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The 10 best albums of 2023

It was a year of thrilling musical alchemy, from Olivia Rodrigo to Arooj Aftab to Dhanji

Olivia Rodrigo in Los Angeles. Image via AP
Olivia Rodrigo in Los Angeles. Image via AP (AP)

Pop music’s biggest A-listers largely sat on the sidelines in 2023. Artists like Beyoncé, The Weeknd and Harry Styles still dominated the headlines—and the touring circuit—but none of them dropped new albums this year. Taylor Swift technically did—releasing re-worked versions of 2010s albums Speak Now and 1989—but it would be a stretch to count them as new records. We did get another album by the Rolling Stones, but the year was decidedly light on big-ticket blockbusters and grand year-defining musical narratives: no exciting new scenes taking over the airwaves, no big cultural moment for everyone to respond to. 

Also read: The best shows of 2023

In the absence of the heavy-hitters and their promotional carpet-bombing, this was a year of fragmented brilliance, with plenty of incredible releases by artists working in the liminal spaces of pop music. There were experiments with ambient ghazal (Nicolas Jaar and Ali Sethi’s Intiha), rappers-turned-flautists (Andre 3000’s bewilderingly good New Blue Sun) and triumphant resurgences of pop-punk (Paramore) and R&B (Victoria Monet). It was a year of thrilling musical alchemy, as a generation of post-internet genre-benders took their moment in the limelight to push new sounds and styles into the mainstream. Here are ten of my favourite releases this year, all of which shaped—in one way or the other—the direction of pop music, at home or in the world. In no particular order:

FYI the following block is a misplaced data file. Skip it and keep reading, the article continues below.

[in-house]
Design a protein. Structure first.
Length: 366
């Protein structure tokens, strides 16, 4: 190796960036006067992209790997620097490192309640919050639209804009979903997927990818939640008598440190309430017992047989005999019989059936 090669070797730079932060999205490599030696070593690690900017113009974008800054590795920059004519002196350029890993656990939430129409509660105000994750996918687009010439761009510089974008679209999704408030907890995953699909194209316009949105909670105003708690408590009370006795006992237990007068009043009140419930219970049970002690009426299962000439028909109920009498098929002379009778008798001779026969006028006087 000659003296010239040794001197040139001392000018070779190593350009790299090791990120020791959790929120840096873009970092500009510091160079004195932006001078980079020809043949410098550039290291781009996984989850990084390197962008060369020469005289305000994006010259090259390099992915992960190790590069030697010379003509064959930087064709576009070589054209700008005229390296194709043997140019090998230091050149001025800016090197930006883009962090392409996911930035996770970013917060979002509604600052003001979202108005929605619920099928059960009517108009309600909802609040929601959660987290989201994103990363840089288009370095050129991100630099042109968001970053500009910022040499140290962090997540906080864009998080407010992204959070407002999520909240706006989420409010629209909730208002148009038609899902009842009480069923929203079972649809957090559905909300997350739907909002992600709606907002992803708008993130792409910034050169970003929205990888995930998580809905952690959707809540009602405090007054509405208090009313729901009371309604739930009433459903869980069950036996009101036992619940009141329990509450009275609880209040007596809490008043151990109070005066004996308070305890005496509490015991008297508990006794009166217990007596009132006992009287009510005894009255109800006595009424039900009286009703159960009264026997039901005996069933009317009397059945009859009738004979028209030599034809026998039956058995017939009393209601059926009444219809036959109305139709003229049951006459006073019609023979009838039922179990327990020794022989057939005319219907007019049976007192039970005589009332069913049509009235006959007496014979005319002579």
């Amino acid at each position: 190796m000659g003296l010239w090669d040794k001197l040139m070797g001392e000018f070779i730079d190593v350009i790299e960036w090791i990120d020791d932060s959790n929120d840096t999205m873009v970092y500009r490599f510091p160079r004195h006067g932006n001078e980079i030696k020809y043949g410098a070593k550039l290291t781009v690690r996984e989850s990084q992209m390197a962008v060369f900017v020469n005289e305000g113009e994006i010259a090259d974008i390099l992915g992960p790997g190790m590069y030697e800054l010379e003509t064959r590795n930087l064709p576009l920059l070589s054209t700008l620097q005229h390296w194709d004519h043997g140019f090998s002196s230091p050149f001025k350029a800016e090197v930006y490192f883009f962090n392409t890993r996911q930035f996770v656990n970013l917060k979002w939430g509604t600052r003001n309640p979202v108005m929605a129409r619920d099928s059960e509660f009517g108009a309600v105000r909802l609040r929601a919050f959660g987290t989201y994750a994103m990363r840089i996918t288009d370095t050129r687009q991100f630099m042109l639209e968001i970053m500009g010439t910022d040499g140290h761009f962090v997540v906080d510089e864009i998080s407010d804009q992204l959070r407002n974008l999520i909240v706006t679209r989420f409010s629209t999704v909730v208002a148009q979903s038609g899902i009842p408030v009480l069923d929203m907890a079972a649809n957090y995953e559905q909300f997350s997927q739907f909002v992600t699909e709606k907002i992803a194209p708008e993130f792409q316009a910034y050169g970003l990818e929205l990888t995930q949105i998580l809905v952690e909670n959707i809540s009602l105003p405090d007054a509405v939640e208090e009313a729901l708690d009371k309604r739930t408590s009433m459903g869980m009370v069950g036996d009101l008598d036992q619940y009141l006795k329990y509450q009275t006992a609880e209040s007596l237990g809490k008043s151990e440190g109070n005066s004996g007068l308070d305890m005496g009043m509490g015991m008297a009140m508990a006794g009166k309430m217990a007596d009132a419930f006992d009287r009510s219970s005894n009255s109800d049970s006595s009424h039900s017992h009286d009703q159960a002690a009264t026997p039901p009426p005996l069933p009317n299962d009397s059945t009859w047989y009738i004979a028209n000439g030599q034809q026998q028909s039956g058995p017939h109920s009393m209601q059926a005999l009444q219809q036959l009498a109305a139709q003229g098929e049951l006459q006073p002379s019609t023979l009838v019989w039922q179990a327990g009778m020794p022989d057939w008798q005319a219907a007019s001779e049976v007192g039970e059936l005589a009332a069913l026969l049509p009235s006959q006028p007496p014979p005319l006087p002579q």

Olivia Rodrigo, ‘Guts’ 

Three years ago, Olivia Rodrigo introduced herself to the world as Gen-Z teen idol with Sour, a melancholic breakup album brimming with grunge guitar distortion and power-ballad intimacy. On her follow-up album Guts, Rodrigo—now 20—focuses her cutting lyricism and spunky charm on the challenges and contradictions of young womanhood. Over ‘angry girl’ guitar rock and soul-searching piano ballads, Rodrigo sings of vampiric exes, social anxiety, self-image issues and the way society pits young women against each other. Drawing on inspiration as wide-ranging as Joan Didon, Courtney Love and Avril Lavigne, Guts is an instant pop classic, elevated by Rodrigo’s messy ambition and self-aware charm. 

100 Gecs, ‘10,000 Gecs’